SEFER CHOFETZ CHAIM
It is a parent’s responsibility to sensitize his or her child to the evils of loshon hora and help the child to develop self-control in this area. At the same time, it is a parent’s responsibility to provide his or her child with emotional support and assistance. The overzealous parent can cause a child irreparable harm by forever scolding when reassurance is in order; however, failure to discipline one’s child is no less harmful. One must learn to discern between situations where a child is relating an incident because he needs his parent’s help, and when he is speaking loshon hora for no good reason.
A child should be taught that if interesting events of the day include negative facts about others, then names should be omitted. To relate how a certain child misbehaved in class is to speak loshon hora, even if what that child did was clever and amusing. Conversely, it is perfectly correct for a child to reveal the identity of a boy who interferes with his own activity or disrupts him during class time.
SEFER SHMIRAS HALOSHON
The Unity of the Jewish People
The following sublime insight is found in S’mag (9); its source is Talmud Yerushalmi (Nedarim 9:4):
Suppose a man were walking along a path and one of his feet would trip over the other, causing him to fall to the ground and suffer cuts and bruises. Would he seek revenge of the “guilty” foot and refrain from trying to heal its wounds? Would he harbor any ill will toward that foot? Obviously not, for his feet, hands, face, etc. are all parts of one body — his own. If anything, he might reflect upon his deeds, and view his sins as the true cause of his mishap.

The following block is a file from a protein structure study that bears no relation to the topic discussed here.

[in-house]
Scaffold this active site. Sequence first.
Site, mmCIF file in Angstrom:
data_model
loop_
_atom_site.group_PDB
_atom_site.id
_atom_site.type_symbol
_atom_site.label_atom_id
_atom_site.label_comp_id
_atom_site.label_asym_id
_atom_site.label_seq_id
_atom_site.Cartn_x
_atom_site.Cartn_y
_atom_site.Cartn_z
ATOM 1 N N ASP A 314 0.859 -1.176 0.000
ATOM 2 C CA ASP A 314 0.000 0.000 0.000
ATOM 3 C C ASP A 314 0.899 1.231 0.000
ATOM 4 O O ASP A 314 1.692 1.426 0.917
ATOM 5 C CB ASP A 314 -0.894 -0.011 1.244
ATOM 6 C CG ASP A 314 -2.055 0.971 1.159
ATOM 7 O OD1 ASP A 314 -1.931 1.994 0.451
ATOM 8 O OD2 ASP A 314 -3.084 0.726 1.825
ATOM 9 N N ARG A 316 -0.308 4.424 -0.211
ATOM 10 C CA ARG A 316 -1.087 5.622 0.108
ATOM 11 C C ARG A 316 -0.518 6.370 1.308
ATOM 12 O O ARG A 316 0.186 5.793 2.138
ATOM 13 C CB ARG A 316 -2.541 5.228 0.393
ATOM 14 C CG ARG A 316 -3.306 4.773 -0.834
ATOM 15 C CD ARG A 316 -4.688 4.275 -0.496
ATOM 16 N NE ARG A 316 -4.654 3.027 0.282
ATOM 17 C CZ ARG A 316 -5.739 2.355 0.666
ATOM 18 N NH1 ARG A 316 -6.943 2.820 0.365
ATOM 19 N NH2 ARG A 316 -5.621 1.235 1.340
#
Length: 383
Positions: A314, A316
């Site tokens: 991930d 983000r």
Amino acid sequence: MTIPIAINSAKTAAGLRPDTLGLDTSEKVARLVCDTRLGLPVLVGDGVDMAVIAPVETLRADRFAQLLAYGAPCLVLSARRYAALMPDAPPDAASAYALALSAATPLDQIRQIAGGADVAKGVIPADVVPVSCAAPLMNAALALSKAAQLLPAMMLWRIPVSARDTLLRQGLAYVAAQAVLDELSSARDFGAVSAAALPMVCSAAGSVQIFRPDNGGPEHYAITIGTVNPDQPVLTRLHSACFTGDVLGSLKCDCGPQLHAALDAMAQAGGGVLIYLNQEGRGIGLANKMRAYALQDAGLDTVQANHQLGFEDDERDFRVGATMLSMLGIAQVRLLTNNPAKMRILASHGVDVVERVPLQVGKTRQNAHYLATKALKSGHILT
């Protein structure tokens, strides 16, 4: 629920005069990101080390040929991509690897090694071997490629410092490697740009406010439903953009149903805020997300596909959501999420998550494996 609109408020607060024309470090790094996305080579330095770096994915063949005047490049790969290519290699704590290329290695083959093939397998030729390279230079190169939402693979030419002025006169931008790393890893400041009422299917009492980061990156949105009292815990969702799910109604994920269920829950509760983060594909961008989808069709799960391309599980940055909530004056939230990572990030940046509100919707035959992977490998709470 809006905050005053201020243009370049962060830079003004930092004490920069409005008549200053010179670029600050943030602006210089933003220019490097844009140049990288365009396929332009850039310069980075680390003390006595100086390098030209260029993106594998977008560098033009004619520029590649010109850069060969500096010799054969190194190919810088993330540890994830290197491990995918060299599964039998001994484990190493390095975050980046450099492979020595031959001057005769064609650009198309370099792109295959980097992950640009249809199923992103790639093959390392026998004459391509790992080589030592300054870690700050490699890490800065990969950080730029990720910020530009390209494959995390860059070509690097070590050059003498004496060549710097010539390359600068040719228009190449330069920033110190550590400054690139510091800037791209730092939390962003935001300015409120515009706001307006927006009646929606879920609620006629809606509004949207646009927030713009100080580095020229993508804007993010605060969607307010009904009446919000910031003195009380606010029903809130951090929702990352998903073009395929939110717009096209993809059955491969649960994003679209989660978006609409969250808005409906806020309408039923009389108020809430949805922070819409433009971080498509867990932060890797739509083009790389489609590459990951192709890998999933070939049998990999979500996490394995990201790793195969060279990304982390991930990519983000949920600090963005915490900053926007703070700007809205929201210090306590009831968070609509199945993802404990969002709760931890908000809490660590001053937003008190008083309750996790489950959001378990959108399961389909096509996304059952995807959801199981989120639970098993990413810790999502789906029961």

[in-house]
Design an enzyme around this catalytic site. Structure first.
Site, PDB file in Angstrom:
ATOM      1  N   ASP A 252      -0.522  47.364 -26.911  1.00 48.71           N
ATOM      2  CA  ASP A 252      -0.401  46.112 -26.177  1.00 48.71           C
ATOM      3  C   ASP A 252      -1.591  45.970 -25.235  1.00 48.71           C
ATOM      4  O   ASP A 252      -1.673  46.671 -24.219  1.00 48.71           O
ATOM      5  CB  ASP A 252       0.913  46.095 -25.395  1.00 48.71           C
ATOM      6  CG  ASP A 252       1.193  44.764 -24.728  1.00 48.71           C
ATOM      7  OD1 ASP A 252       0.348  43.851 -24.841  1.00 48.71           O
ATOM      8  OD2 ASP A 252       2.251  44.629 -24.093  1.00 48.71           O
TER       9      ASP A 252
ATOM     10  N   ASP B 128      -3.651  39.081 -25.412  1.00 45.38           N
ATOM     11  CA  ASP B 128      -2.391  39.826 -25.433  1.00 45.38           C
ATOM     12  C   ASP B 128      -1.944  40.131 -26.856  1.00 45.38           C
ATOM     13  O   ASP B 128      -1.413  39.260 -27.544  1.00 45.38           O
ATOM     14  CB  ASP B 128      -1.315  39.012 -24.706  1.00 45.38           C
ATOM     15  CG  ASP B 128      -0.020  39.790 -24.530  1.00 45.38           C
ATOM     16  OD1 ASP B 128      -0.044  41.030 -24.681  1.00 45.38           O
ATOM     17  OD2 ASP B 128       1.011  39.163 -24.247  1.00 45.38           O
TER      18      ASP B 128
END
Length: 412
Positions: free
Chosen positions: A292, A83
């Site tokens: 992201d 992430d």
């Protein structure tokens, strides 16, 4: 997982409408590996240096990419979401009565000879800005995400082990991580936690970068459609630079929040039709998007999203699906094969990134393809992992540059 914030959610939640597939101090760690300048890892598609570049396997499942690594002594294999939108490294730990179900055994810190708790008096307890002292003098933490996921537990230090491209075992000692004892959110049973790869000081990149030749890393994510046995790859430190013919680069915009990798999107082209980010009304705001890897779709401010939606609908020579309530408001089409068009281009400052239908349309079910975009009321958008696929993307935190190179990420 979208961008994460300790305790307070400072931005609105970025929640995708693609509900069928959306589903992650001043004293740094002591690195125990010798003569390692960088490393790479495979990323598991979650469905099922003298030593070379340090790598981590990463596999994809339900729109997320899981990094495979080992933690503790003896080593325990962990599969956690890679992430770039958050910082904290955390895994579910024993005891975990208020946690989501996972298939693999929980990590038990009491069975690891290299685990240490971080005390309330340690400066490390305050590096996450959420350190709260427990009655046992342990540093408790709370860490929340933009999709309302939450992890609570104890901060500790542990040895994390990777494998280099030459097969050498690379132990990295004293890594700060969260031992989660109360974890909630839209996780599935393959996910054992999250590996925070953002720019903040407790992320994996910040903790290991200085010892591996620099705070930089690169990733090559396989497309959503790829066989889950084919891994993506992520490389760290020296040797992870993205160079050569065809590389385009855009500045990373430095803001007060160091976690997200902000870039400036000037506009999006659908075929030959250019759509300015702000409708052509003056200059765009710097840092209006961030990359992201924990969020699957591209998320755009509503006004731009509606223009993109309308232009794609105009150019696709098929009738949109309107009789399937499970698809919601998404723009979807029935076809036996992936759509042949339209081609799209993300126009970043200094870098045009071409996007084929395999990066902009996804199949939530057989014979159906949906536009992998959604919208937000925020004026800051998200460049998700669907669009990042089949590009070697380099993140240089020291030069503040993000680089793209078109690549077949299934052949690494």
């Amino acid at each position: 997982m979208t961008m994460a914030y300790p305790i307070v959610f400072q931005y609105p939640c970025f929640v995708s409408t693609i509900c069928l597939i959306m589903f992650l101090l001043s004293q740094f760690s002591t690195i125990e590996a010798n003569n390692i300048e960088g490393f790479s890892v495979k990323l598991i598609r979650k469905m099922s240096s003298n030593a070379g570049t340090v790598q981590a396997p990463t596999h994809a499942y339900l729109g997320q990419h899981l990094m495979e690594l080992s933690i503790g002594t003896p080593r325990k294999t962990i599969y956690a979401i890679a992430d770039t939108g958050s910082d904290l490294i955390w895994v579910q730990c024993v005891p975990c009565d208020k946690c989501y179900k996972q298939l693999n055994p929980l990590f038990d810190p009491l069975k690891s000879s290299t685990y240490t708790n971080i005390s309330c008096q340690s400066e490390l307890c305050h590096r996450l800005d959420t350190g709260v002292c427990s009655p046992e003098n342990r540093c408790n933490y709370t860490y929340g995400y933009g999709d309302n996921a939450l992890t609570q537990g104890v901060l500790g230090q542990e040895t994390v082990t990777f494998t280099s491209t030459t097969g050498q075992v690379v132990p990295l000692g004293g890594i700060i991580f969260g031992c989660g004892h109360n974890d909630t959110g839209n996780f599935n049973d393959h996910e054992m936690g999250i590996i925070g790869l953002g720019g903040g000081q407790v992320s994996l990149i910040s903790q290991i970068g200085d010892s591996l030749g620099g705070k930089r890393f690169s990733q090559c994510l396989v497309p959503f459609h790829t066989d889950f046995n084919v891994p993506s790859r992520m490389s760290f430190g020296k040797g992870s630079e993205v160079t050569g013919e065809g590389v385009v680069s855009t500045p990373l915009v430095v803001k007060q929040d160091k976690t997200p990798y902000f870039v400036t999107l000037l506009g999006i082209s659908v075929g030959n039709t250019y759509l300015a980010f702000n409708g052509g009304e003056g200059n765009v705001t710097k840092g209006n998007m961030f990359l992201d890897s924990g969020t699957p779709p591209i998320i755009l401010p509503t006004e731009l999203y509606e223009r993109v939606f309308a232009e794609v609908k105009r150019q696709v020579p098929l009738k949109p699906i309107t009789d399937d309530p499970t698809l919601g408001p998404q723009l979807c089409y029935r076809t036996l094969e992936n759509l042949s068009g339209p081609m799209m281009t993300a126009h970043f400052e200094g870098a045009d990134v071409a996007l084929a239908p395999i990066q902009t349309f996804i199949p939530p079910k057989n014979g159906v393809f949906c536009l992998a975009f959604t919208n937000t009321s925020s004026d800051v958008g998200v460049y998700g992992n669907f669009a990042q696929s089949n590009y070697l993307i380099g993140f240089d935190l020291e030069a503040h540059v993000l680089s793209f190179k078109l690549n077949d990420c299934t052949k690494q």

Similarly, if a neighbor refuses to do a favor that one has asked of him, or even if he has caused one heartache or has shamed him in any way, one should not seek revenge or bear a grudge against him. For who is “oneself” and who is “one’s fellow”? — both stem from the same source, as it is written, “And who is like Your nation, Israel, one nation on earth?’’ (I Divrei HaYamim 17:21).
The Torah states: “All the souls of the house of Yaakov who came to Egypt, seventy” (Bereishis 46:27). The Hebrew word for souls is nefashos. Yet in this verse, the singular form, nefesh, is used, alluding to the fact that in Heaven, the souls of the people of Israel are like one. Each Jewish soul, while part of one whole, is distinct and unique, like a person whose body is a single unit comprised of many individual parts, each with its own distinct and unique function. All Jewish souls will eventually be gathered in to one source, beneath the Heavenly Throne, as it is written, “And the soul of my master shall be bound in the bond of life” (I Shmuel 25:29).
It is only in this world, where each soul is clothed in its own physical body and is involved in its own personal matters, that one sees himself as a distinct entity, apart from his fellow Jew. In truth, however, all Jews are one in a very real sense.